Correspondence should be sent to Jasper County Emergency Services, Attn: Eastern District Board Appointment, PW Box 810, 13870 Dispatch Lane, Carthage, Missouri 64836.


Salem Country Church Music Gathering.

The Salem Country Chruch at Red OakII will again feature THE BELL RINGING LADY (Cynthia) for their Christmas Program , Sat. Dec. 18 at 6:30 p.m.

Just Jake Talkin'

I can remember always seein’ a box of matches in my grandparents bathroom. Bein’ there was a little gas stove for knockin’ off the chill, as a kid I just figured they were kept there for the purpose of lightin’ it up on a cool mornin’.

At some young age, I can still remember the embarrassed laugh when I mentioned the matches to my mom. She explained that although lightin’ the stove was a handy function of the phosphor tipped sticks, their more typical purpose was to eliminate the telltale evidence of a visit to the throne.

‘Course at that time there wasn’t a "plug-it-in-plug-it-in" or were my grandparents interested in a storebought air freshener (the bottle of green fluid with a wick pulled up). From time to time I find myself reminded of that box of matches.

This is some fact, but mostly,

Just Jake Talkin’.

Sponsored by Carthage Printing

Weekly Columns


Clogged Heart Arteries Cause Pain of Angina

DEAR DR. DONOHUE: I am 56, a woman and have angina. I don’t understand it too well. I have never smoked, and I am not overweight. I’d get chest pains if I hurried to catch a bus or to get on an open elevator. When it first started, my doctor gave me a medicine to put under my tongue when the pain happened. It worked well. I don’t have to use it much anymore. Is that a good sign? Am I destined to have a heart attack? -- J.A.

ANSWER: Angina (pronounced ANN-juh-nuh or ann-JEYE-nuh) is squeezing chest pain that comes on when a person is active and leaves when that person rests. Being active can mean walking, jogging, cleaning, doing the washing, weeding or digging. It comes about because one or more of the heart arteries is plugged with plaque -- a mound of cholesterol and fat on the inside artery wall. At rest, enough blood makes its way to the heart. With activity, the heart can’t get enough blood because of the plaque. The heart makes its lack of blood known by chest pain that also might be felt in the neck, the jaw or the arms, or only in those places.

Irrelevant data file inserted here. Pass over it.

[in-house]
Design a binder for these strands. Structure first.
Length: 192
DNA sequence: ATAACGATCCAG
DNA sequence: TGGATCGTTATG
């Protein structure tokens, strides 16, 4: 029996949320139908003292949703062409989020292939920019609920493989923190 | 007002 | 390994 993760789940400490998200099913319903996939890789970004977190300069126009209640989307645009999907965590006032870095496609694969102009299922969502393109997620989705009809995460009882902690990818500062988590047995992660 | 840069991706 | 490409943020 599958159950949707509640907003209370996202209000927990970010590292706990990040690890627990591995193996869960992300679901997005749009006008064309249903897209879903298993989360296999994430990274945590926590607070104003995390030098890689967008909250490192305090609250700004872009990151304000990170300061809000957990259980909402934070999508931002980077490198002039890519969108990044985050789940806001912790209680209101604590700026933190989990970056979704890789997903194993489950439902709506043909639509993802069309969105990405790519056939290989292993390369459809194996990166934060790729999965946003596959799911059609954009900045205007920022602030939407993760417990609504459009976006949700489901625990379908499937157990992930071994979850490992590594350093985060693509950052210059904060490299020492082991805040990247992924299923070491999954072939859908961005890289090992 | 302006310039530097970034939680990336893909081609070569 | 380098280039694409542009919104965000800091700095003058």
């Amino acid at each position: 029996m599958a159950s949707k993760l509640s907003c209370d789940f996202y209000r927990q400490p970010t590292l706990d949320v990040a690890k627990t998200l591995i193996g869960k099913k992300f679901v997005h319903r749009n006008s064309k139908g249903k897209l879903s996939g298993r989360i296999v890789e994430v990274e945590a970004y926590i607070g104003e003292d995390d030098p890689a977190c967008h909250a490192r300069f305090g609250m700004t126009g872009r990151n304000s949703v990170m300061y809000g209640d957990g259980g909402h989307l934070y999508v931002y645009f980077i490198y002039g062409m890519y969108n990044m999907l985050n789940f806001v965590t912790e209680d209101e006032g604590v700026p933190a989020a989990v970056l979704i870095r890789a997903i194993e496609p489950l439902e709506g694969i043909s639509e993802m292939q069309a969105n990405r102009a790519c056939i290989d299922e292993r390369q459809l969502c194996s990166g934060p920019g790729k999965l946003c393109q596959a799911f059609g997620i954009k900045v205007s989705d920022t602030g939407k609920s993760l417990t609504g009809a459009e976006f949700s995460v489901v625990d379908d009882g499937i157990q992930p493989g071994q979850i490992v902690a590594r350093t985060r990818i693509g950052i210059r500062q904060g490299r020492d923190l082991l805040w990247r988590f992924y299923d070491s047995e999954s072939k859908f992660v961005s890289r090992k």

Angina, one of the signs of coronary (heart) artery disease, affects 17 million Americans. Smoking, obesity, inactivity, high blood cholesterol, high blood pressure and a family history are some of the major factors that cause its development. You don’t smoke and never did. How about your cholesterol, blood pressure and weight? If those things need to be addressed, they trump all other treatments.

In spite of controlling the above factors, many still have to take medicines -- medicines that dilate arteries or make the heart beat slower, or ones that lower blood pressure or cholesterol. The medicine you put under your tongue was nitroglycerin. Long-acting varieties of that medicine and long-acting other artery dilators might be the reason why you don’t need nitroglycerin as much as you did. That is a good sign. Clogged heart arteries can be opened with a balloon-tipped catheter or by bypassing the clog with an artery graft. You might not ever need such procedures.

You’re not doomed to have a heart attack. The treatment you’re now getting is designed to prevent one.